This question comes to librarians usually in this form:
I am looking for Criminal Records for someone I want to hire, want to rent to, want to date, etc. Can I search for that information online – and for free?
There are no reliable, comprehensive, accurate and free online criminal history records-check resources and in fact, searching criminal records thoroughly requires searching more than one database in more than one jurisdiction, not to mention specialized searching skills.
(Note: Do not confuse a criminal history check with a public records, skip-tracing, or social media search for an individual, though they do all have some common problems, not the least is which means remembering that many people share a name and not every Jon or Jan Doe is the Jon or Jan Doe you are seeking.)
1) Here is a sample research guide, from Wisconsin, on how to research criminal histories and public records — it gives you an idea of what your research strategy might look like.
2) Also, it is a lot more difficult to search for someone else’s criminal history than it is to check your own (unless you have been the victim of identity theft by someone who left a criminal history trail in your name, in which case, the search and the repair are a nightmare).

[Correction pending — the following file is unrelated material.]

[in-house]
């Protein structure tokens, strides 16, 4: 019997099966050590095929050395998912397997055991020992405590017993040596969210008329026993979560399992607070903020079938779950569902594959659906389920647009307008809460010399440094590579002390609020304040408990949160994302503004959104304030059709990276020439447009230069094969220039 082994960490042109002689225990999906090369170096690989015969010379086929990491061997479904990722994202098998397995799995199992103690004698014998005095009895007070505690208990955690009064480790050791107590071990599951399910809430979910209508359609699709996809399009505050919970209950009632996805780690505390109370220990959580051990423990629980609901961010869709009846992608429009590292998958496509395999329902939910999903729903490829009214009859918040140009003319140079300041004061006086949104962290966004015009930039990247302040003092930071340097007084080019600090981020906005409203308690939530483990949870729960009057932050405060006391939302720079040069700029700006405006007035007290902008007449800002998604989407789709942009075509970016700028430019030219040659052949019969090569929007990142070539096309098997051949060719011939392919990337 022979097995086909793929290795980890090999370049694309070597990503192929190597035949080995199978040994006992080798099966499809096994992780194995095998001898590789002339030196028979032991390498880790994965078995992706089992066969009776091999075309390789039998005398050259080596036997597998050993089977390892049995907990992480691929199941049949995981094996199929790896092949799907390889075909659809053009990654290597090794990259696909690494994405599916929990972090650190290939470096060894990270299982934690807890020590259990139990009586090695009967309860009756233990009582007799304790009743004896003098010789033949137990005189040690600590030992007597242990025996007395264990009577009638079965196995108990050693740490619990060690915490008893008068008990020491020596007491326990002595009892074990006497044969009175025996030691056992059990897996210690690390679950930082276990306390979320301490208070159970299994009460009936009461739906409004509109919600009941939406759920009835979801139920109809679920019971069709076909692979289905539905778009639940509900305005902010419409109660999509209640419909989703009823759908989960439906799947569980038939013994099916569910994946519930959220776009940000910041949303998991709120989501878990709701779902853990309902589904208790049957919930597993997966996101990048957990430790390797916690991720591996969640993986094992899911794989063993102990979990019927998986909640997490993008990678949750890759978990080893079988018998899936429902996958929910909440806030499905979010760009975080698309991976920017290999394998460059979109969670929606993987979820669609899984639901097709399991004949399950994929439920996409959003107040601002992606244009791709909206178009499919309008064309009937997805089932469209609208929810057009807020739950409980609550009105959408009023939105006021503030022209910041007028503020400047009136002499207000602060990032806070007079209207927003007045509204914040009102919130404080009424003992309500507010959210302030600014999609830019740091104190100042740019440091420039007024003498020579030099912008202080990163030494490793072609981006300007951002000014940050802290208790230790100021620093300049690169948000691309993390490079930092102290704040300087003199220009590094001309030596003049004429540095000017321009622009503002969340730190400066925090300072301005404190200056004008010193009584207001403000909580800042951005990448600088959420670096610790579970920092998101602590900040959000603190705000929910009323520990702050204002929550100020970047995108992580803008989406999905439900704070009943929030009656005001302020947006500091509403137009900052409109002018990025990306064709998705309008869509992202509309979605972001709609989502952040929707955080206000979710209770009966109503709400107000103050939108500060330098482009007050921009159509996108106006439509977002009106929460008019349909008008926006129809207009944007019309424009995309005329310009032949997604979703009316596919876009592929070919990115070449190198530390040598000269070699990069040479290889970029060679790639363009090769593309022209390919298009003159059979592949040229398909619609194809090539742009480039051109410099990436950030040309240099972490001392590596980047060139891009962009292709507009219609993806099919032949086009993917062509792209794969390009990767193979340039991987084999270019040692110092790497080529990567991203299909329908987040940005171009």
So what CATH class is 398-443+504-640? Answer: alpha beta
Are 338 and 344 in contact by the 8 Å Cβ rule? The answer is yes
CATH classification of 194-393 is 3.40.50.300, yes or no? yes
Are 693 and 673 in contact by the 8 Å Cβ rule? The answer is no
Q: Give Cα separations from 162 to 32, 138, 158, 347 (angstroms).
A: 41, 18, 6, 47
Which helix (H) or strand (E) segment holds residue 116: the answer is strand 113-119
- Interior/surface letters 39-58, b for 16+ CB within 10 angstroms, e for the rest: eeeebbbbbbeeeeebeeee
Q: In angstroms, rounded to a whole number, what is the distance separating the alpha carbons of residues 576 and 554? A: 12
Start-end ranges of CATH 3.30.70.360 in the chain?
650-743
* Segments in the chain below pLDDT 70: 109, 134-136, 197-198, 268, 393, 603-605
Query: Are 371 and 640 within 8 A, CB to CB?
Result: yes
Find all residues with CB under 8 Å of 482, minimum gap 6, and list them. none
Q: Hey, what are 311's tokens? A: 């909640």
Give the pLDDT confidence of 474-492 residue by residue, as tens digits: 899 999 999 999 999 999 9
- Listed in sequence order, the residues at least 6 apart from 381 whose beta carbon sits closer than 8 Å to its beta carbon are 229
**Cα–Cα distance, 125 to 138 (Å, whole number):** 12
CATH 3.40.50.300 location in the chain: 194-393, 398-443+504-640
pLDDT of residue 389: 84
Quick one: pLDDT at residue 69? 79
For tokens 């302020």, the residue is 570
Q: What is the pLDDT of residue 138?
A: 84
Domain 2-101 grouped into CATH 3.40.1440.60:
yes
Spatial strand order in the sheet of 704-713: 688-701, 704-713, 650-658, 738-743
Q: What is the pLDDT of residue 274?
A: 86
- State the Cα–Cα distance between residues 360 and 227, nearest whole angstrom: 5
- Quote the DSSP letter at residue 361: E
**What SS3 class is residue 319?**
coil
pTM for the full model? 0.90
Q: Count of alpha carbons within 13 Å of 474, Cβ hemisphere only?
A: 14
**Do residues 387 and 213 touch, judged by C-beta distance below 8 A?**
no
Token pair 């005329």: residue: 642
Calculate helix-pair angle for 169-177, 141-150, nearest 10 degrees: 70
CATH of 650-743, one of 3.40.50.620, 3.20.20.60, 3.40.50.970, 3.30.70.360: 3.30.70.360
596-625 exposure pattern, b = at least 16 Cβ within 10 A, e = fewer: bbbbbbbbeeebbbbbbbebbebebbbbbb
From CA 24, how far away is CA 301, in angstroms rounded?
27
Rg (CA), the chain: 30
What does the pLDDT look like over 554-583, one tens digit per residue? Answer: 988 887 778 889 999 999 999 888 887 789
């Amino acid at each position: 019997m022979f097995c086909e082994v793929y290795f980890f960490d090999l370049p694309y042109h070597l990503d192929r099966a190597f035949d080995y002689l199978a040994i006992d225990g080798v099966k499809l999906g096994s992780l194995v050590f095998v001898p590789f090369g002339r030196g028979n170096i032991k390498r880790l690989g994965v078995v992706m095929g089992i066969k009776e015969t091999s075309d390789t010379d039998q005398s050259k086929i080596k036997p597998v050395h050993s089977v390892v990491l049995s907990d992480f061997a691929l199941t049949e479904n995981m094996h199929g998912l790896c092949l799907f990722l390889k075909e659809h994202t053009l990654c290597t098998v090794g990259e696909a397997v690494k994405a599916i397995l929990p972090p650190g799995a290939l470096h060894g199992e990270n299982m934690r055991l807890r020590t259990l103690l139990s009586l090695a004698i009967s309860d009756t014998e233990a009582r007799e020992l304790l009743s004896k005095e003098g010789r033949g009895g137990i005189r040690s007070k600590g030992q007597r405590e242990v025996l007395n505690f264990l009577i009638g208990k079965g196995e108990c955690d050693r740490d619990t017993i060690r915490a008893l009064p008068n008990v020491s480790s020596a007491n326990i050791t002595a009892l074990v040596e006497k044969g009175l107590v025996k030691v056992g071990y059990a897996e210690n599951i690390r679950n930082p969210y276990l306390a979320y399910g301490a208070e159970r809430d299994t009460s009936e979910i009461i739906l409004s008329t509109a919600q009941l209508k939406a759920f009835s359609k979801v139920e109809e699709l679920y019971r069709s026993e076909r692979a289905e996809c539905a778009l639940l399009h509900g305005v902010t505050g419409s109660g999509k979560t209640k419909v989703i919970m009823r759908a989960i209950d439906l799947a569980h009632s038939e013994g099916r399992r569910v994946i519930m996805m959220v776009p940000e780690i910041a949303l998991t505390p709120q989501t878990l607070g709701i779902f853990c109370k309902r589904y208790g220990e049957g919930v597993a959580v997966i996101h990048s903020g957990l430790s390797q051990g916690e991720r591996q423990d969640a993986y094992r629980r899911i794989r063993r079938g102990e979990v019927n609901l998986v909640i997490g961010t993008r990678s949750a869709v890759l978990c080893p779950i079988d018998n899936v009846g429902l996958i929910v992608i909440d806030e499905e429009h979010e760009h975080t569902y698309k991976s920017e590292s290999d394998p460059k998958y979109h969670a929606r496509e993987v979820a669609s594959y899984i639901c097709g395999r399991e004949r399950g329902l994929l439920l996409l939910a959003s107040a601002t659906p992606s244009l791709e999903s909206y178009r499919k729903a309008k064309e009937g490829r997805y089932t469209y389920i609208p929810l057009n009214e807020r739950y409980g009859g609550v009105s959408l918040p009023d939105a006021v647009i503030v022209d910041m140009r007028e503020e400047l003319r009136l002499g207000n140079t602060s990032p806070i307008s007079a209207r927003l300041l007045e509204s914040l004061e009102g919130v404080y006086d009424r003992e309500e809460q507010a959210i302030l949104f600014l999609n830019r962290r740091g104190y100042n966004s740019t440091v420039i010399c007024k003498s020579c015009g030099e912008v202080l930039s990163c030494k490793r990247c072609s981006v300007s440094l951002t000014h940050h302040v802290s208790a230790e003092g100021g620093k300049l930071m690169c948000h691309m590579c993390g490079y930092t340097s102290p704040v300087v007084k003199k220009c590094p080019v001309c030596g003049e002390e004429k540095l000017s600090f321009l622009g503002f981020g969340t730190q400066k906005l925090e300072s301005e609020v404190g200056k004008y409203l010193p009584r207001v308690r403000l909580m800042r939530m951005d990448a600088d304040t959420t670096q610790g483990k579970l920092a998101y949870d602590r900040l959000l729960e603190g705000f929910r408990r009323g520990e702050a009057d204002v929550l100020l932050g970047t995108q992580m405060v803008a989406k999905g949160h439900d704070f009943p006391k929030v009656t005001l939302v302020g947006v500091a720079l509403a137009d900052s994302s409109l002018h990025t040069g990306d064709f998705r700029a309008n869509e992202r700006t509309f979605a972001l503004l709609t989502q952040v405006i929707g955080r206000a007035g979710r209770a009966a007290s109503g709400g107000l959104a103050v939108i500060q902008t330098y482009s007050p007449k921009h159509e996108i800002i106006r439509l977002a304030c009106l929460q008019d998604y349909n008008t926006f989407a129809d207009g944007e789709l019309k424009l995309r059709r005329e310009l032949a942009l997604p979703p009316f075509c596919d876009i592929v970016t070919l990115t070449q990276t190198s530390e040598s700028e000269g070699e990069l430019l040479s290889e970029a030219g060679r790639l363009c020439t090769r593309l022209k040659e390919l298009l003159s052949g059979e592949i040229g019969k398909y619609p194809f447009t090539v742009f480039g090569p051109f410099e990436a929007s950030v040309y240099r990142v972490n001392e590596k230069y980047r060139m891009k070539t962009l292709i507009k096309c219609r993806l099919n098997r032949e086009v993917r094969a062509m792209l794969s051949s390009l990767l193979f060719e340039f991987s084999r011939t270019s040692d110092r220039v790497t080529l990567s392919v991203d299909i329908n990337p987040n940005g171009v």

SEARCHING FOR OREGON CRIMINAL HISTORY?
1) If you want to know if there was a criminal (or civil) case filed against someone in Oregon, OJIN (Oregon Judicial Information Network) is the official online database of cases filed in Oregon courts. The records do not go back forever and it excludes some data on juvenile records and other protected information. Also, for the most part, it has docket (a list of documents filed in a case) information only about documents filed, not the actual documents. (Note: It does not have arrest records.)
OJIN is available to the public for no charge at courthouses, but few will allow statewide searches, and at some county law libraries. A directory of Oregon county law libraries is at http://www.occll.org/directory.php.
2) Your local law enforcement agency may have some recommendations or you may contact a private investigation company that performs criminal background checks for a fee. (But remember to check the bona fides of the private investigator before you hire anyone.)
3) Oregon private investigators can be licensed through the Oregon Department of Public Safety Standards and Training (DPSST).
4) Also, there are other private investigator associations and blogs, e.g. PI Buzz, a PI blog, will give you lots of information and links to other private investigator organizations. They do loads of useful research and share it freely (thank you PI Buzz staff!).
5) There are many online social network and related public records sites online that you can search free, but these do not substitute for a criminal records check. For example, try these: